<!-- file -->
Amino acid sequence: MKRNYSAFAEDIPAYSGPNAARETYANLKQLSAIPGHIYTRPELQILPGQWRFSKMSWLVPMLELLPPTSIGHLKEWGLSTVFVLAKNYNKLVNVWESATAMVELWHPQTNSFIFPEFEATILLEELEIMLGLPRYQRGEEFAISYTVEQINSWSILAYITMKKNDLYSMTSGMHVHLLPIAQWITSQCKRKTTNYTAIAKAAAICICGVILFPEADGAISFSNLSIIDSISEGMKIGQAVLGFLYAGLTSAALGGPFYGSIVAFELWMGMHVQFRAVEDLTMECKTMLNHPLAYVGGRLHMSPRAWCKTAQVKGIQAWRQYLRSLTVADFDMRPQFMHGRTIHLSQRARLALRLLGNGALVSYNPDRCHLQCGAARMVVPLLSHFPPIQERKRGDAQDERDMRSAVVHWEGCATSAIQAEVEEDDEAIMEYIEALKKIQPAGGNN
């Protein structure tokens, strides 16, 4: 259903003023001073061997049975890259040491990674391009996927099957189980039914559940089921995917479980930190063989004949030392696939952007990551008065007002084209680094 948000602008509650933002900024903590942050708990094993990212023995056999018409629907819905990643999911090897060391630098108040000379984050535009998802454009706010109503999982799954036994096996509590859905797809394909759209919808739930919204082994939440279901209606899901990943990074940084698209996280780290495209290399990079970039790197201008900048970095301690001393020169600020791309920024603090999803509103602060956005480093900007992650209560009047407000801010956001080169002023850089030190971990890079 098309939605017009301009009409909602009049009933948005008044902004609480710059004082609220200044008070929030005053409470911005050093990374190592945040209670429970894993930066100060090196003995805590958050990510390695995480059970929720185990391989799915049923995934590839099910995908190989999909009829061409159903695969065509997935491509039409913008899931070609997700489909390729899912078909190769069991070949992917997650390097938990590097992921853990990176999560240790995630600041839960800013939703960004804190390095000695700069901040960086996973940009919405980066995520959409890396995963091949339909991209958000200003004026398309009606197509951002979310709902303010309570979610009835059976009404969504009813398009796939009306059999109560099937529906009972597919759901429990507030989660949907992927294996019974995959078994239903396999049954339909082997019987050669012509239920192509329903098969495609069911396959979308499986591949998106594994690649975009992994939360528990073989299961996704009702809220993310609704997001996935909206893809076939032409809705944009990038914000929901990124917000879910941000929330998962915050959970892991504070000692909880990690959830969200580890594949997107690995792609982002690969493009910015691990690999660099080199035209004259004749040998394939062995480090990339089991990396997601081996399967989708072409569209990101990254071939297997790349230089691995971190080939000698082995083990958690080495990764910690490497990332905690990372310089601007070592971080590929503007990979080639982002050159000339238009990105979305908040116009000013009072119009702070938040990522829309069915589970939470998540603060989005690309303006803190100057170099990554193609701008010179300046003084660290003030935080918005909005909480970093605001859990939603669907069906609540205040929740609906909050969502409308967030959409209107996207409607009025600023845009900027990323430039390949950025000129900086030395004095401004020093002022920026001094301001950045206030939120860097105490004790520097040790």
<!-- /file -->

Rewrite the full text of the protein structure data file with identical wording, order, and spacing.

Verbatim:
Amino acid sequence: MKRNYSAFAEDIPAYSGPNAARETYANLKQLSAIPGHIYTRPELQILPGQWRFSKMSWLVPMLELLPPTSIGHLKEWGLSTVFVLAKNYNKLVNVWESATAMVELWHPQTNSFIFPEFEATILLEELEIMLGLPRYQRGEEFAISYTVEQINSWSILAYITMKKNDLYSMTSGMHVHLLPIAQWITSQCKRKTTNYTAIAKAAAICICGVILFPEADGAISFSNLSIIDSISEGMKIGQAVLGFLYAGLTSAALGGPFYGSIVAFELWMGMHVQFRAVEDLTMECKTMLNHPLAYVGGRLHMSPRAWCKTAQVKGIQAWRQYLRSLTVADFDMRPQFMHGRTIHLSQRARLALRLLGNGALVSYNPDRCHLQCGAARMVVPLLSHFPPIQERKRGDAQDERDMRSAVVHWEGCATSAIQAEVEEDDEAIMEYIEALKKIQPAGGNN
């Protein structure tokens, strides 16, 4: 259903003023001073061997049975890259040491990674391009996927099957189980039914559940089921995917479980930190063989004949030392696939952007990551008065007002084209680094 948000602008509650933002900024903590942050708990094993990212023995056999018409629907819905990643999911090897060391630098108040000379984050535009998802454009706010109503999982799954036994096996509590859905797809394909759209919808739930919204082994939440279901209606899901990943990074940084698209996280780290495209290399990079970039790197201008900048970095301690001393020169600020791309920024603090999803509103602060956005480093900007992650209560009047407000801010956001080169002023850089030190971990890079 098309939605017009301009009409909602009049009933948005008044902004609480710059004082609220200044008070929030005053409470911005050093990374190592945040209670429970894993930066100060090196003995805590958050990510390695995480059970929720185990391989799915049923995934590839099910995908190989999909009829061409159903695969065509997935491509039409913008899931070609997700489909390729899912078909190769069991070949992917997650390097938990590097992921853990990176999560240790995630600041839960800013939703960004804190390095000695700069901040960086996973940009919405980066995520959409890396995963091949339909991209958000200003004026398309009606197509951002979310709902303010309570979610009835059976009404969504009813398009796939009306059999109560099937529906009972597919759901429990507030989660949907992927294996019974995959078994239903396999049954339909082997019987050669012509239920192509329903098969495609069911396959979308499986591949998106594994690649975009992994939360528990073989299961996704009702809220993310609704997001996935909206893809076939032409809705944009990038914000929901990124917000879910941000929330998962915050959970892991504070000692909880990690959830969200580890594949997107690995792609982002690969493009910015691990690999660099080199035209004259004749040998394939062995480090990339089991990396997601081996399967989708072409569209990101990254071939297997790349230089691995971190080939000698082995083990958690080495990764910690490497990332905690990372310089601007070592971080590929503007990979080639982002050159000339238009990105979305908040116009000013009072119009702070938040990522829309069915589970939470998540603060989005690309303006803190100057170099990554193609701008010179300046003084660290003030935080918005909005909480970093605001859990939603669907069906609540205040929740609906909050969502409308967030959409209107996207409607009025600023845009900027990323430039390949950025000129900086030395004095401004020093002022920026001094301001950045206030939120860097105490004790520097040790």